Neighborhood social capital, juvenile delinquency, and victimization: results from the international self-report delinquency study - 3 in 23 countries

Since the beginning of the twentieth century, criminology has attempted to identify ecological factors affecting the rise or the decrease in crime rates. In this framework, concepts of “social disorganization”, “collective efficacy”, and “social capital” have been coined. Particularly in recent year...

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Published in:European journal on criminal policy and research
Main Author: Binik, Oriana (Author)
Other Authors: Ceretti, Adolfo (Author); Cornelli, Roberto
Format: Electronic Article
Language:English
Published: 2019
In:European journal on criminal policy and research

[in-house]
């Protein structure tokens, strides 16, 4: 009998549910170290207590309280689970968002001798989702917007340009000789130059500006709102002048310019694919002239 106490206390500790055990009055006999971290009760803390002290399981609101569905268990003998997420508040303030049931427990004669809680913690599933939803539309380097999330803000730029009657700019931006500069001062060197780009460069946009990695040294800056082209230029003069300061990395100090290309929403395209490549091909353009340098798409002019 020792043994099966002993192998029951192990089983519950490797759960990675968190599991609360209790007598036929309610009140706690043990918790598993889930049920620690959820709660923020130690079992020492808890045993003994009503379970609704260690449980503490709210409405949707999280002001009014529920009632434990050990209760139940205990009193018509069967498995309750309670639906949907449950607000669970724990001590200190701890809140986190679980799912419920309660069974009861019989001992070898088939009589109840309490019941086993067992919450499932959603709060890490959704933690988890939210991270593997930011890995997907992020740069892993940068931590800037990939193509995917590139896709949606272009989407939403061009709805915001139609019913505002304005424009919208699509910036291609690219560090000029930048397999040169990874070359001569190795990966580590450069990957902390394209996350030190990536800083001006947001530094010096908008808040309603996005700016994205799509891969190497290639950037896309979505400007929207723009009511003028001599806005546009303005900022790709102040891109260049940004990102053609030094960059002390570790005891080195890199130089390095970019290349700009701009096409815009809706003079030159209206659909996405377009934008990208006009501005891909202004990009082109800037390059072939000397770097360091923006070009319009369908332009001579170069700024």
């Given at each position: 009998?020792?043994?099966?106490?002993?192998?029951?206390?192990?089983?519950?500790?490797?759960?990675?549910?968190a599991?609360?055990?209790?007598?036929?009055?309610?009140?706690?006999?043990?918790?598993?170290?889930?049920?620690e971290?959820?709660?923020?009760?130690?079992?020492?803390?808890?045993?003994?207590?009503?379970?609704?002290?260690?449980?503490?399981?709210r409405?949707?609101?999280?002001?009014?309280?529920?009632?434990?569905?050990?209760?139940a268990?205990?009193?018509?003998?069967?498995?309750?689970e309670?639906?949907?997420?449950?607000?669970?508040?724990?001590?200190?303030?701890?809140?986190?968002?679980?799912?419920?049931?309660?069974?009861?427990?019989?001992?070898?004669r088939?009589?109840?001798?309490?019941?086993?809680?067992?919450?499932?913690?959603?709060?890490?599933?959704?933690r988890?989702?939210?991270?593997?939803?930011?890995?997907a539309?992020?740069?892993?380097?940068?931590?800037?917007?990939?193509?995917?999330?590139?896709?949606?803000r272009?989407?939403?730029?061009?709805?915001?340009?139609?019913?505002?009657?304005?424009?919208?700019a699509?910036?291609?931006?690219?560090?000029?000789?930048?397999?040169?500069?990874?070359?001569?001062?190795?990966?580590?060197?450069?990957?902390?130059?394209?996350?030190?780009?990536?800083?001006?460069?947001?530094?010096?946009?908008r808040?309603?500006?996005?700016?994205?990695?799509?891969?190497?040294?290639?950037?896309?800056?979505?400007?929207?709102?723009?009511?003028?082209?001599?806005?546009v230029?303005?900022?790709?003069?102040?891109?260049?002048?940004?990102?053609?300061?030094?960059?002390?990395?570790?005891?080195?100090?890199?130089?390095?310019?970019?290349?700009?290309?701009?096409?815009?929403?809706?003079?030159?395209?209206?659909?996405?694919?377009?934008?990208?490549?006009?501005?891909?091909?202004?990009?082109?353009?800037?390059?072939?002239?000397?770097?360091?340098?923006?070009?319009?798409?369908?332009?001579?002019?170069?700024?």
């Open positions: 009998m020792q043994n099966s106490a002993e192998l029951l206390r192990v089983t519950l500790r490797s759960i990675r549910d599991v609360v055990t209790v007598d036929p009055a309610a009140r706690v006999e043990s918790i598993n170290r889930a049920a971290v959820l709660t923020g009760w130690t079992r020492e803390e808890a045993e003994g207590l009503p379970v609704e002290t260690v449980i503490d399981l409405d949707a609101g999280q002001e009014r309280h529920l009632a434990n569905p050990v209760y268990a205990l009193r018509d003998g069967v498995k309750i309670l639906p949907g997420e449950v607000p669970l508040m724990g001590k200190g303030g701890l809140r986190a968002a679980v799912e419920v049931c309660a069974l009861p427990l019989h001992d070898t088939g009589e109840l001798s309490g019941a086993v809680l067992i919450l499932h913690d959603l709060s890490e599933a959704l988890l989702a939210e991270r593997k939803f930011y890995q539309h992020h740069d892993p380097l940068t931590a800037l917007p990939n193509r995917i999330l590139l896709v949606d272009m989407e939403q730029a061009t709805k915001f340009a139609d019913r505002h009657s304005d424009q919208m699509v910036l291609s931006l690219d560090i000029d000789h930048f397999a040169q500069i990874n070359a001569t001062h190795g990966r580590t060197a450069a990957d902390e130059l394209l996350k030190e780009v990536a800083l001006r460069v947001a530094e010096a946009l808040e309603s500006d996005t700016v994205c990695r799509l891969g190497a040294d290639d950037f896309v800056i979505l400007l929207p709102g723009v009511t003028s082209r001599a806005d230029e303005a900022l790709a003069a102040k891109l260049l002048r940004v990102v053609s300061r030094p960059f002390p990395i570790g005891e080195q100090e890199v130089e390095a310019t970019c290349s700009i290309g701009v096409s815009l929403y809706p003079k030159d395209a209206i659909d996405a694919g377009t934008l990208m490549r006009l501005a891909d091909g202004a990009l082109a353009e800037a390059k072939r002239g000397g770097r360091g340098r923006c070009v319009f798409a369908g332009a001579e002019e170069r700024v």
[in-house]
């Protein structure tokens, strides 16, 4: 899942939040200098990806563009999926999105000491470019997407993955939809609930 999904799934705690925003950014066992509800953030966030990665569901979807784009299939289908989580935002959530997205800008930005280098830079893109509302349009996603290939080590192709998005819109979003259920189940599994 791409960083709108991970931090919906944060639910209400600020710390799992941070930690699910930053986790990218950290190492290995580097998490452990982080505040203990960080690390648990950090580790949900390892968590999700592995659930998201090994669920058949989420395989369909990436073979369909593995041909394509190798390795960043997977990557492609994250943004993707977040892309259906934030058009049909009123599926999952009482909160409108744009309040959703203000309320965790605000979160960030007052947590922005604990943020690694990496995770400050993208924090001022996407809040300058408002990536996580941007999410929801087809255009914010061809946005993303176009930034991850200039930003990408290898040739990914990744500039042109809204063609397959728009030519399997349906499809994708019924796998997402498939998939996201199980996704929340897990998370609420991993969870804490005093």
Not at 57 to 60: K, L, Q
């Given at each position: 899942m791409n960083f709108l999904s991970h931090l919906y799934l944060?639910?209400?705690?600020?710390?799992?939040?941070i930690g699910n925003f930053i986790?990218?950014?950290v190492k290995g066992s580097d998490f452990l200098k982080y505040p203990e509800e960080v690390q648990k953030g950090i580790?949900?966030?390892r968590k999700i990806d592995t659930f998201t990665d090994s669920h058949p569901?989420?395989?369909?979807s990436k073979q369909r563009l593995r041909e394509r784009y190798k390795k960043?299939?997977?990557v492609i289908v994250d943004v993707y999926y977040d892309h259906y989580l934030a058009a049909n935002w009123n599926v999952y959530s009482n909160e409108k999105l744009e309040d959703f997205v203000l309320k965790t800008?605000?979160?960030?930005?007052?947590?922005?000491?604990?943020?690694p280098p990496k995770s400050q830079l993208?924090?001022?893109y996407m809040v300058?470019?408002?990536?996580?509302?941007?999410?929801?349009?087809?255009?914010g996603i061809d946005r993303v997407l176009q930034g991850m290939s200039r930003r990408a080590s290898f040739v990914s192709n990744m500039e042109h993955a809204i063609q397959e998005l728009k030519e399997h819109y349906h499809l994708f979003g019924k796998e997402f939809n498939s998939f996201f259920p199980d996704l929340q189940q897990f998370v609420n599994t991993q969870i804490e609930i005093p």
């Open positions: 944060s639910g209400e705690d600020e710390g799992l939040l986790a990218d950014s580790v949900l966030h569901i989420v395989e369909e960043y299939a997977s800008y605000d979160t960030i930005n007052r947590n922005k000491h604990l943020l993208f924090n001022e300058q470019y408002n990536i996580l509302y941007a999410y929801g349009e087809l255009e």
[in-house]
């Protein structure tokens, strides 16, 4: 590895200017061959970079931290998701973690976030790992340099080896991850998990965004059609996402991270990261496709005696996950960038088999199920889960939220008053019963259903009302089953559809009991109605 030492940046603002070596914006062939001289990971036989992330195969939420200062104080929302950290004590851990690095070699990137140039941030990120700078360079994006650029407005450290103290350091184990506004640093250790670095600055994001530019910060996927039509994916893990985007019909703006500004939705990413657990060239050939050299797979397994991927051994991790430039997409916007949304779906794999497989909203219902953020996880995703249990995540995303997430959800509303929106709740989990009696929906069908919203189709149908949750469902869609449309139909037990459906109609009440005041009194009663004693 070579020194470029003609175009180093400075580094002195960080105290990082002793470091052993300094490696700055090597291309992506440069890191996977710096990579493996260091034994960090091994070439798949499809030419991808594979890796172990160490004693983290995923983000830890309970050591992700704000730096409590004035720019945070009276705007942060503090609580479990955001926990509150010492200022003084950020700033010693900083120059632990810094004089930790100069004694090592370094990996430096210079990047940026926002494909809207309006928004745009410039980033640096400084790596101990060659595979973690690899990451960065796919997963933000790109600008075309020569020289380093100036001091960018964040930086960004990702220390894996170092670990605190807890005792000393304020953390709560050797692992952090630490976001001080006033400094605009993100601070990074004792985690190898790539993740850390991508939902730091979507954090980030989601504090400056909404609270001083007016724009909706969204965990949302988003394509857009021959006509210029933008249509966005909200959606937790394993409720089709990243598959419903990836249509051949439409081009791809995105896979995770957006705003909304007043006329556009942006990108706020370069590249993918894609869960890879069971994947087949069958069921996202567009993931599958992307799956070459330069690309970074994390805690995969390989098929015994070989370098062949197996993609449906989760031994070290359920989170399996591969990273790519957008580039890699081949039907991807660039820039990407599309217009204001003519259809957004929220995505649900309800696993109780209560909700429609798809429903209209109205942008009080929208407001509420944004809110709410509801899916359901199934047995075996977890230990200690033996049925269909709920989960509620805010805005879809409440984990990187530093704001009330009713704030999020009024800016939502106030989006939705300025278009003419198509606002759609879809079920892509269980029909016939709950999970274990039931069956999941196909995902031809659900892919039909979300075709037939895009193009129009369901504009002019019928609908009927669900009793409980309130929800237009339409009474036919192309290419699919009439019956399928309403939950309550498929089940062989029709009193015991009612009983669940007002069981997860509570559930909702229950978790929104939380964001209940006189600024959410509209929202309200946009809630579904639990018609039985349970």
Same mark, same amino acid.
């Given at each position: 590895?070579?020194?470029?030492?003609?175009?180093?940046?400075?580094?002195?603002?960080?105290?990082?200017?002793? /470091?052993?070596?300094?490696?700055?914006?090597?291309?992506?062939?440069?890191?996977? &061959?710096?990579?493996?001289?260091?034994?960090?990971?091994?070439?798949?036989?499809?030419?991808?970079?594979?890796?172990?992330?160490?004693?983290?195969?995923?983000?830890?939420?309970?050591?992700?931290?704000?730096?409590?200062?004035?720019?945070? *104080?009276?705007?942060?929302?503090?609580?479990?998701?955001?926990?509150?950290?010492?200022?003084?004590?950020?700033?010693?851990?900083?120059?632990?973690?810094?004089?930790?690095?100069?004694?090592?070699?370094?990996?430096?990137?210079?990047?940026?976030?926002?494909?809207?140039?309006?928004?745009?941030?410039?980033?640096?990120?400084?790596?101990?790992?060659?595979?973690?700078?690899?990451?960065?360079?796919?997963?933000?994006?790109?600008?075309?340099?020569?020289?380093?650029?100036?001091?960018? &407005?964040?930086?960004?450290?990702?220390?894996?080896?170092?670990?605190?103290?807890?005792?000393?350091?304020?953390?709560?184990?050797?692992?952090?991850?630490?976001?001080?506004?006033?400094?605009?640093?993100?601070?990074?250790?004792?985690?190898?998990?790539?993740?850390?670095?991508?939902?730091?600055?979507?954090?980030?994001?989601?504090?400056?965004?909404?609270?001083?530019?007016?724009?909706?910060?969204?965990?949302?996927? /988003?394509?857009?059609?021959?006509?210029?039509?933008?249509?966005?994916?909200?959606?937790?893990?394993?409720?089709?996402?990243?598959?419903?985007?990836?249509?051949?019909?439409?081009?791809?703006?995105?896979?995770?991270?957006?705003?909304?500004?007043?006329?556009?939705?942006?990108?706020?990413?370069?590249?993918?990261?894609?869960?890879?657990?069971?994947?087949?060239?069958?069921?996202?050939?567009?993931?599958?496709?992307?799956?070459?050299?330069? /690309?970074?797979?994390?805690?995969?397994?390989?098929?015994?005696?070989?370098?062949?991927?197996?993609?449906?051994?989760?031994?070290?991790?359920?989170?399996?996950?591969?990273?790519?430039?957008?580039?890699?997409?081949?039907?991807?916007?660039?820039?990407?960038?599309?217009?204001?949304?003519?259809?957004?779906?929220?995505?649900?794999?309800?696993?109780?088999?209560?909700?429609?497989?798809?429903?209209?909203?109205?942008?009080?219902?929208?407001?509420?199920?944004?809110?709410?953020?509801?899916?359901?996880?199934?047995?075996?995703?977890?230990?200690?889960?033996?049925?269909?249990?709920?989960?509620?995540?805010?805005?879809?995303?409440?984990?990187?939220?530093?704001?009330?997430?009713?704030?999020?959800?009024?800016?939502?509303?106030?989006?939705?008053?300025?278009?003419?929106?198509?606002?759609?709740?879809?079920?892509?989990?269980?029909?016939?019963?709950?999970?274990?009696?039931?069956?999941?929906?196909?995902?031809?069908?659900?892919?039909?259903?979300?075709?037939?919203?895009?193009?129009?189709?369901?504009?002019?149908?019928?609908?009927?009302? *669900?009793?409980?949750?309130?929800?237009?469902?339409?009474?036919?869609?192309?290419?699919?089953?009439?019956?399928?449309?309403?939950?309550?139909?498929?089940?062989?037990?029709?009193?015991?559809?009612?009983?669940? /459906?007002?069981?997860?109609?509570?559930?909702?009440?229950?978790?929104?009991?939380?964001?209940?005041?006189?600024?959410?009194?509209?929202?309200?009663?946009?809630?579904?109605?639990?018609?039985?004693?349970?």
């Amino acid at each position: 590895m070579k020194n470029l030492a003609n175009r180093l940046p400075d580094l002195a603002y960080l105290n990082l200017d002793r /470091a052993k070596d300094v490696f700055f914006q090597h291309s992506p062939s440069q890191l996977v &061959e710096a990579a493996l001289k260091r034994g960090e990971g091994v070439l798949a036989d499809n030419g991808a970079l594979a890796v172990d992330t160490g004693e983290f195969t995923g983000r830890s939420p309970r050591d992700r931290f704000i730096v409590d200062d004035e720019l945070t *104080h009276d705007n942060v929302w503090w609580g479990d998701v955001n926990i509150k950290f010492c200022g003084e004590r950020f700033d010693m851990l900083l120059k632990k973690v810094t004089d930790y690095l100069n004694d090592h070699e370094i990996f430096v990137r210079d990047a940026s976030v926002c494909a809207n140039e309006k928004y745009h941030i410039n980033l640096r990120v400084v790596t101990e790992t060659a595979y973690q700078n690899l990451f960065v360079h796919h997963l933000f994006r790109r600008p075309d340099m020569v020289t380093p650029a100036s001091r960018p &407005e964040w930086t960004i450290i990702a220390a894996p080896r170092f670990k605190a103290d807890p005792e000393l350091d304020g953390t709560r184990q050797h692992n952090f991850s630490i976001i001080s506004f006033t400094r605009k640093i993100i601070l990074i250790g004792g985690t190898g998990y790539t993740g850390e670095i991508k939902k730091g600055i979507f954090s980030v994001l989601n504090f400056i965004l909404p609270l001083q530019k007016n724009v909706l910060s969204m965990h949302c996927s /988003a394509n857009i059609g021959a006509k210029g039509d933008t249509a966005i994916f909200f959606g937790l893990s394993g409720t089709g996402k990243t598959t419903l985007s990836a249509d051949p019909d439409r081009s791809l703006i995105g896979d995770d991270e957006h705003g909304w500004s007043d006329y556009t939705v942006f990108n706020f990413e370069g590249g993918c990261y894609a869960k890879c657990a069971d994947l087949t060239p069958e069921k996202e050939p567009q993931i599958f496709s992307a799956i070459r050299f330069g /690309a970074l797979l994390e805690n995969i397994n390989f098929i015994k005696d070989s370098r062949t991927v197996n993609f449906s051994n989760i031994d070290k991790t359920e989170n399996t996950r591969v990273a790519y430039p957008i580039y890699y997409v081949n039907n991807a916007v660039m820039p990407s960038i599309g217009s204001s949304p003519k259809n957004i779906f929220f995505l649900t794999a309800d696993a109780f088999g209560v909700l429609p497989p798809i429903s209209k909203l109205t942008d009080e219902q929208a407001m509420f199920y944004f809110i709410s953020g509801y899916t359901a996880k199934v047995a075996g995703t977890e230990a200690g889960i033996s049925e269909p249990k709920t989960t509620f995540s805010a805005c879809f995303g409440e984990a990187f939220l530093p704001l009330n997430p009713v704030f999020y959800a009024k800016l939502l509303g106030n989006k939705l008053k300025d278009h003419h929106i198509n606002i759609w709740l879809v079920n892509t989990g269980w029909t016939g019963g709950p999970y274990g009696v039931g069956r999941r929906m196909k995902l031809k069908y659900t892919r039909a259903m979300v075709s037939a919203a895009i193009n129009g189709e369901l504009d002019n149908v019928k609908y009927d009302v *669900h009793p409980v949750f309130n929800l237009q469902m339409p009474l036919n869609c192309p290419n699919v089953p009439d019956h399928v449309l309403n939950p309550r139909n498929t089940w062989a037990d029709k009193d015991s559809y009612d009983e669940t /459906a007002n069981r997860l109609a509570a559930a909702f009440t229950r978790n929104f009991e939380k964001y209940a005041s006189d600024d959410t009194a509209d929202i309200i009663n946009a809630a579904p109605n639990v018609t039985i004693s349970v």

Year: 2019, Volume: 25, Issue: 3, Pages: 241-258
Online Access: Volltext (Verlag)
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Summary:Since the beginning of the twentieth century, criminology has attempted to identify ecological factors affecting the rise or the decrease in crime rates. In this framework, concepts of “social disorganization”, “collective efficacy”, and “social capital” have been coined. Particularly in recent years, the perspective of “social capital” has attracted the interest of criminologists, but, despite the numerous studies conducted in this field, some issues remain open. Firstly, studies conducted outside the US context are few. Secondly, even in North American studies, there is a disagreement over the impact of social capital on crime, in particular on violent crimes. The results of this study, conducted on data obtained by the ISRD3 survey in 23 countries around the world, and addressed to 7th, 8th, and 9th grade students (N = 55,201), try to address such issue: they show a negative correlation between social capital and self-reported crime also outside North America, both for violent crimes and general delinquency. The preventive role played by social capital on crime is also confirmed considering the self-reported data on victimization.
ISSN:1572-9869
DOI:10.1007/s10610-018-9406-1